It turned out to be a gorgeous day, so we headed out from the ranch early in the morning. We wanted to be at the trail head by 9 AM as it is so busy in the park that if you arrive too late it can be difficult to get a parking space. We were pretty close, and pulled in at the exact same time as Dan and Jonell. Great timing!
The trail head is in an area called Biscuit Basin, another geyser and thermal feature area in the park. Biscuit Basin was named for a former feature found here, geyserite knobs that resembled biscuits that used to surround some of the features here, predominately Sapphire Pool.
Crystal clear Sapphire Pool used to have strings of bubbles coming to the surface, that would occasionally reach a rolling boil engulfing the entire spring. In 1959, the Lake Hebgen earthquake occurred to the northwest, and Sapphire Pool began erupting 125 feet in the air. These violent eruptions increased the size of Sapphire's crater, destroying the unique "biscuits" and changed its shape from circular to oval. After 1964 the eruptions dwindled, and ceased any significant activity.
Mustard Geyser is actually two small geysers connected underground that merge and spouts through one crater.
Avoca Spring is a grotto-like cone that was an active boiling spring until 1959 when it developed into an erratic geyser.
Silver Globe Geyser is next to Avoca and is actually connected to it.
From here we veered off the boardwalk circling the basin and headed out on the trail to Mystic Falls.The trail is 3.5 miles round-trip from this point, and is quite steep in a few areas.
The trail started out innocently enough, following the Little Firehole River for awhile.
The forest area opened up as we got closer to the falls...
and we saw a lot of wildflowers, especially these sunny yellow ones.
A turn in the trail brought us to our first sight of these beautiful, 70 foot high falls.
We then started switch-backing up the mountain to higher vantage points.
Looking back as we climbed, we could see how high we were getting. The river we were walking alongside is in the lower right of the picture.
Now much higher than the brink of the falls, we could see the cascades leading to it. And we still had higher to climb before getting to the Biscuit Basin overlook!
Finally arriving at the overlook, we took in the view of where we had started out, far below!
After a brief rest, it was time to tackle to steep switchbacks heading back down. As much uphill as we had on the way up from the direction we came, I sure was glad we hadn't decided to take this route up to the overlook!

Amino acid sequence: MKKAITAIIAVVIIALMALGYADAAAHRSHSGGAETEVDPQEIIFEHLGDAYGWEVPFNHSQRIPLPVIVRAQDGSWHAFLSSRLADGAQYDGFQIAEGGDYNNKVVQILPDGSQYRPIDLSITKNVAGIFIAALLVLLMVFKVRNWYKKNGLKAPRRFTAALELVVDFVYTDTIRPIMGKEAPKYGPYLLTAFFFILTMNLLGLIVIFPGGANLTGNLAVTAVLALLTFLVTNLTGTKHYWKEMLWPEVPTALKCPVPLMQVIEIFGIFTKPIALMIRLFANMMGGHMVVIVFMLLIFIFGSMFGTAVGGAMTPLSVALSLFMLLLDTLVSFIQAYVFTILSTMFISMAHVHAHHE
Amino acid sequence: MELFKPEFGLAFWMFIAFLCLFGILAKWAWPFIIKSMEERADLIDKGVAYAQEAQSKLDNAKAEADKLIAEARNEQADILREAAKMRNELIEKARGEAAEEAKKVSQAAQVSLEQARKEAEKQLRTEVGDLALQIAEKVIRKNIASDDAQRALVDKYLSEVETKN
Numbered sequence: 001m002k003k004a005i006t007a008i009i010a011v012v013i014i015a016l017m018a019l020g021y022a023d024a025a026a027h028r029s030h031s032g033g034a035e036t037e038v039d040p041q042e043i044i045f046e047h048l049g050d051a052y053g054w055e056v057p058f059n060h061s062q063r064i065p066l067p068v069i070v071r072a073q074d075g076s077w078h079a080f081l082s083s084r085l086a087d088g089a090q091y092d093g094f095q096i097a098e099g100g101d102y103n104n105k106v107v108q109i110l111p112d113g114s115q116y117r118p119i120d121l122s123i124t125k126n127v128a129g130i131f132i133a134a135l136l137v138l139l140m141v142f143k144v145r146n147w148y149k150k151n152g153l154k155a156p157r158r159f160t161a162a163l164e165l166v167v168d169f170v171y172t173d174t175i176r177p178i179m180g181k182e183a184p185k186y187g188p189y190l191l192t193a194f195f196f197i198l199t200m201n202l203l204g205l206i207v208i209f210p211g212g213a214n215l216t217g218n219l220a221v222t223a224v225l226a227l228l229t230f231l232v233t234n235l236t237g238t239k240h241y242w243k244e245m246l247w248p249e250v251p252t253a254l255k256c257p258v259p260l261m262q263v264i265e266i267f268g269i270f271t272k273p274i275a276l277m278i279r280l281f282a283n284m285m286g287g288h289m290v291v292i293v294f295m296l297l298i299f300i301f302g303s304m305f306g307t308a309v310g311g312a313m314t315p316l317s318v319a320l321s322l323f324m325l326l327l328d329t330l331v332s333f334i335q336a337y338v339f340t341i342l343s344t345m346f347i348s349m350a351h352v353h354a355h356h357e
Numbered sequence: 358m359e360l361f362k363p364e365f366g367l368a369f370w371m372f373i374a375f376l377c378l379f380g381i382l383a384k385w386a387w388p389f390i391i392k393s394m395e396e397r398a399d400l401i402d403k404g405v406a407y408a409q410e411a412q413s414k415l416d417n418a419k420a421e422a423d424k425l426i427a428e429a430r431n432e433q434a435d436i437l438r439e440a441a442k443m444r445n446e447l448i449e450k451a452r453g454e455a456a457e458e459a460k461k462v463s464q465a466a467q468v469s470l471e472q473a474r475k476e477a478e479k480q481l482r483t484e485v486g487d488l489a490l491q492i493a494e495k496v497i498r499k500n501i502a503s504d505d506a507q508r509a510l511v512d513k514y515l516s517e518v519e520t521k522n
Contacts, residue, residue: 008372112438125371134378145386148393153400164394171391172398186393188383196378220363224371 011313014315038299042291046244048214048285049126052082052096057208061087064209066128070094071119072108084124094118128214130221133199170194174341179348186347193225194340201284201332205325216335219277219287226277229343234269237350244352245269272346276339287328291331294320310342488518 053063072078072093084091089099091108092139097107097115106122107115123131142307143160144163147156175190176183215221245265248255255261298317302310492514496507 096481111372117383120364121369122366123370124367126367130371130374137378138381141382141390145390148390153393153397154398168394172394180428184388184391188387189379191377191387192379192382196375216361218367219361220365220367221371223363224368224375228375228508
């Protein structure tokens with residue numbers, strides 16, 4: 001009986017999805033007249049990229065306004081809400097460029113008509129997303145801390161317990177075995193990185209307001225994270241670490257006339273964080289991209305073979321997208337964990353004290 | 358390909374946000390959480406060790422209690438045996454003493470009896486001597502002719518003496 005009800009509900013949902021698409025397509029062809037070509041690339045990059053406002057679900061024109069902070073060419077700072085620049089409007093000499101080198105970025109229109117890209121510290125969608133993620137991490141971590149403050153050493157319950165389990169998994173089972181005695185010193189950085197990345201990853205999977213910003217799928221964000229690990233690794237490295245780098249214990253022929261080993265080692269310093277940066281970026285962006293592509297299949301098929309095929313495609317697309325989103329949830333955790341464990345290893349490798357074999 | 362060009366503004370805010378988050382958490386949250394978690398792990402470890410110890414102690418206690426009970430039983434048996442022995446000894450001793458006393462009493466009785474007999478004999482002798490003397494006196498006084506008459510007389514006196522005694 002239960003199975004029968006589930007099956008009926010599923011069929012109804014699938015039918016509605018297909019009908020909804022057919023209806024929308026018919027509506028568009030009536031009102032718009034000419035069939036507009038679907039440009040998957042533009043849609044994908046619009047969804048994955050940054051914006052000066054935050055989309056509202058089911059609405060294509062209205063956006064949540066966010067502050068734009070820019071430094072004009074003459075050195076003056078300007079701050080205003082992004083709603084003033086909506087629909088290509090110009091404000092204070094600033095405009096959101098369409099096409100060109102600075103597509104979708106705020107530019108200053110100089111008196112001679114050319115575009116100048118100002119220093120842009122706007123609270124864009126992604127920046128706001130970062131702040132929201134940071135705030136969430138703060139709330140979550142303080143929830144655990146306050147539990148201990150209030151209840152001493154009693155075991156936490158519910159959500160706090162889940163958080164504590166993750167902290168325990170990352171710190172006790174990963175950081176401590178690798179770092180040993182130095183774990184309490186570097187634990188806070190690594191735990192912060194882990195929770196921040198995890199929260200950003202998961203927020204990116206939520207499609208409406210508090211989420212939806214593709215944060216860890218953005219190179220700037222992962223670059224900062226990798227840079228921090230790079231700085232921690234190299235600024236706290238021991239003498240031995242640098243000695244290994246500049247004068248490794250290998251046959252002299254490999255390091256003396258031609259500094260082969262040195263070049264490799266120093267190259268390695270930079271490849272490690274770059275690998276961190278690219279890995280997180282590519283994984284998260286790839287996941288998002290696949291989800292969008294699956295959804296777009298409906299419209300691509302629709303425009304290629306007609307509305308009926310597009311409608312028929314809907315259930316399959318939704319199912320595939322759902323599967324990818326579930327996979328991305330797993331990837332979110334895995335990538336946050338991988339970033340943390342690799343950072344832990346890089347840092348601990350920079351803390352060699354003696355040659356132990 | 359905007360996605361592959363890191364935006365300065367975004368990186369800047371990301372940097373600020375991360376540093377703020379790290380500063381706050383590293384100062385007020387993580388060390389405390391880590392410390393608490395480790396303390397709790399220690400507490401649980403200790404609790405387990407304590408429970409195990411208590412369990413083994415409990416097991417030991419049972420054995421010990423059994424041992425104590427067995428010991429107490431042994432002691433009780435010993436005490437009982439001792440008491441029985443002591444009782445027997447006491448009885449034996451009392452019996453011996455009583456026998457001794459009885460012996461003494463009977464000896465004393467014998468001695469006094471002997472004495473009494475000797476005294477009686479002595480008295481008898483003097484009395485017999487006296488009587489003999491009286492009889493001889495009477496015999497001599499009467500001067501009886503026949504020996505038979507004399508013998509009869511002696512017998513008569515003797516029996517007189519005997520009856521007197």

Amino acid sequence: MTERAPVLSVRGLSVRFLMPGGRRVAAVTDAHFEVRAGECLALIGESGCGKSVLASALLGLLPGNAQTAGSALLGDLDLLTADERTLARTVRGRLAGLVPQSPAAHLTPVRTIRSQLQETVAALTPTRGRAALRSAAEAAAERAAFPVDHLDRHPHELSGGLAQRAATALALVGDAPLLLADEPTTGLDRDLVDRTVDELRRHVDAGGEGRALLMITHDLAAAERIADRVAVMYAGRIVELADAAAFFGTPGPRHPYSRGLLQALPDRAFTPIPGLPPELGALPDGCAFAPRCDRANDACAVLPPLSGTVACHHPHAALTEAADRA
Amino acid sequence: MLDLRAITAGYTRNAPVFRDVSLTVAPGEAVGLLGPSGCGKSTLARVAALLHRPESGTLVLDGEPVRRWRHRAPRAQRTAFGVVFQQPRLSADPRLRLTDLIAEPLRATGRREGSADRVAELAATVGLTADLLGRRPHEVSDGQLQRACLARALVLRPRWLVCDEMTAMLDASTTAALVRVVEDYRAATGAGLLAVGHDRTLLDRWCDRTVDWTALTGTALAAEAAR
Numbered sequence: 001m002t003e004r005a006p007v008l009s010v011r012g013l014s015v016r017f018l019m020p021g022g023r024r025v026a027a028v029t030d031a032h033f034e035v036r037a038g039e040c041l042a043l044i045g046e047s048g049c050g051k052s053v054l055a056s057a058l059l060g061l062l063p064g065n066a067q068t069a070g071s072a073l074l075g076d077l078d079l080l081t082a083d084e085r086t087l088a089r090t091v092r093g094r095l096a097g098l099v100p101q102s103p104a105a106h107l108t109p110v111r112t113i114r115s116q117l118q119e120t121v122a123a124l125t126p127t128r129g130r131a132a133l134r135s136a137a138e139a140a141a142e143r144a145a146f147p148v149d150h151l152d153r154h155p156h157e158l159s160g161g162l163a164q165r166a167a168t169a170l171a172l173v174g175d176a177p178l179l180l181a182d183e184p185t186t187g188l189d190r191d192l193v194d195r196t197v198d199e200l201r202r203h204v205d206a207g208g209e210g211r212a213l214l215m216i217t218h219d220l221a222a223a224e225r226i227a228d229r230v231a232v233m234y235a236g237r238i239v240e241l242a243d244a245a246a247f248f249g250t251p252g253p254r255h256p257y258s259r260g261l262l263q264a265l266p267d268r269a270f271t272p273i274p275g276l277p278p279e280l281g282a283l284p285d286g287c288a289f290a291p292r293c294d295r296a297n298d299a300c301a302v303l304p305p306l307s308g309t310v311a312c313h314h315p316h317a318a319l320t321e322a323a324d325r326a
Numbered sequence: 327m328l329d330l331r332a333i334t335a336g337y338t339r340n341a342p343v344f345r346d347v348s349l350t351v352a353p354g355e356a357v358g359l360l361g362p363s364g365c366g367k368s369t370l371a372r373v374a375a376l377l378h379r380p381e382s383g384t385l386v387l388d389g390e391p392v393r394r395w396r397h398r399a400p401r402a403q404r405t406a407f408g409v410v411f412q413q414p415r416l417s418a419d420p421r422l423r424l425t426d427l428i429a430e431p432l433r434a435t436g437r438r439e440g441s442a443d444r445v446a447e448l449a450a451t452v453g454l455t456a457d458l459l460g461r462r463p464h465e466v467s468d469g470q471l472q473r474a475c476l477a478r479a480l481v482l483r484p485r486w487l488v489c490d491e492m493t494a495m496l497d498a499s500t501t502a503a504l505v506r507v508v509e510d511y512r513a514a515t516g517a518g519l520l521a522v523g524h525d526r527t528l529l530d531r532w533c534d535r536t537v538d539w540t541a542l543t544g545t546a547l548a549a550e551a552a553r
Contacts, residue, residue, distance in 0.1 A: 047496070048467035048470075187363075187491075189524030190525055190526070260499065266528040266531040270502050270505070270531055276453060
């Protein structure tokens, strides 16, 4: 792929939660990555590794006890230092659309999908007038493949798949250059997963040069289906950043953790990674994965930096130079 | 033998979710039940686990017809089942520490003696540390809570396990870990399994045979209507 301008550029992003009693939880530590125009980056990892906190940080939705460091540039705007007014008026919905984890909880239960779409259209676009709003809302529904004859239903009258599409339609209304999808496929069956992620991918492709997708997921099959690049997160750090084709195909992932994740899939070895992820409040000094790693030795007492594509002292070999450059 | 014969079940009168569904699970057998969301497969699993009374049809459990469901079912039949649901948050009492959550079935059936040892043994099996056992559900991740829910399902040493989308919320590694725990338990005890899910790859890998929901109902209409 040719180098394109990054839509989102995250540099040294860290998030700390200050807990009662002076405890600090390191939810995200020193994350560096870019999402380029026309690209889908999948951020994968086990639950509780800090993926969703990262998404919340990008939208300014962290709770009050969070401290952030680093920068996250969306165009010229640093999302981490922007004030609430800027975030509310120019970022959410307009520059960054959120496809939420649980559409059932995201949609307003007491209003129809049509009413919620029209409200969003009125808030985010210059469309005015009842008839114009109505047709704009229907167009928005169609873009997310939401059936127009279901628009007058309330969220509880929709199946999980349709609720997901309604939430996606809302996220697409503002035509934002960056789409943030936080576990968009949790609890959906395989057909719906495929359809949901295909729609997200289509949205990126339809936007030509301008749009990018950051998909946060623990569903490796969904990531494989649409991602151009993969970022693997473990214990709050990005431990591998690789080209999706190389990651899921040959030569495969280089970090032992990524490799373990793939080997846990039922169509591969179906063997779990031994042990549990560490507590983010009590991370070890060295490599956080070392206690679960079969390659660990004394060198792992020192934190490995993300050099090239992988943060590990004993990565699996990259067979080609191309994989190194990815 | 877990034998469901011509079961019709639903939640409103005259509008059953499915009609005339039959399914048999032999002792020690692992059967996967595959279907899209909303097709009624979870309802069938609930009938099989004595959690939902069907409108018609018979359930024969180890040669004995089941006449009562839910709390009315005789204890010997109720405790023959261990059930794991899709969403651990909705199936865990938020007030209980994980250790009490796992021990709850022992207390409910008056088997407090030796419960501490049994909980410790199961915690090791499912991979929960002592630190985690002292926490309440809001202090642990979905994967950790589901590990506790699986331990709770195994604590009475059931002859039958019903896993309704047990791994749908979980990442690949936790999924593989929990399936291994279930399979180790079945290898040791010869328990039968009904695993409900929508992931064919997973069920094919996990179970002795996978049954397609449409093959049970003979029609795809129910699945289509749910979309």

Back at Biscuit Basin, we checked out some cool, bright yellow thermal bacterial mats...
and some dead trees beside the blue pools, and then headed off to the Old Faithful Visitor Center for some lunch.
We decided to have a nice lunch in the restaurant of Old Faithful Inn rather than the cafeteria this time.
After lunch we tagged along the free tour of this historic Inn.
The tour took us down and showed us one of the rooms available for guests.
Its pretty small, just a double bed with a dresser...
and a sink to wash up in. There is a shared bathroom for several rooms in the hallway...no private baths!
The staircase went up to an area called the Crow's Nest, but the same 1959 Lake Hebgen earthquake caused enough structural damage to render the staircase unusable.
I liked the "candles" used for lighting at the Inn; all electric, no open-flame candles allowed.
After a stop for some huckleberry ice cream, it was time to say farewell to Dan and Jonell and head back home to the Tetons. We do expect to visit with them one more time before we head off to Amazon for the fall, we would like to visit and see West Yellowstone.
This past week was very busy for us. We had visitors from back east, our good friends Jim Walker and Judy Edwards. We've known them for a long time, back in New York, and now get together when we are traveling in the same areas. They decided to take a road trip out west this summer, and we were quite pleased to be able to give them the whirlwind tour of our summer playground.
Judy and another friend from Bridgehampton, Clay Dilworth, posed for a picture at Oxbow Bend with Judy's cute little dog Shadow.
We also went for a drive to Two Ocean Lake.
A stop at Jackson Lake for a view of the Teton Range across the willow flats.
and Jenny Lake, with Cascade Canyon in the distance.
The best part of the drive occurred going up Signal Mountain, with a big black bear teasing us as he poked through the bushes alongside the road...
and finally came in sight for a great photo op!
We planned several activities together for the week, with a trip to Jackson for sightseeing and dinner one night, and Al took them all four-wheel driving on River Road one night while I was working. They took a great float trip on the Snake River one evening, seeing elk, moose, eagles, beavers and river otters. All too soon, the week was up and we bid them a fond farewell as they headed north to stay at West Yellowstone for another week.
We also have family arriving for a visit starting tomorrow! Al's sisters Ginny and Susie and our best friend Patti arrive tomorrow night for a ten night stay here with us. So we will be reprising our roles as tour guides, with driving tours, a float trip, a rodeo, and a dinner cruise on Jackson Lake among the highlights for the next ten days. Pictures and news will arrive as I find time between guiding and working :-).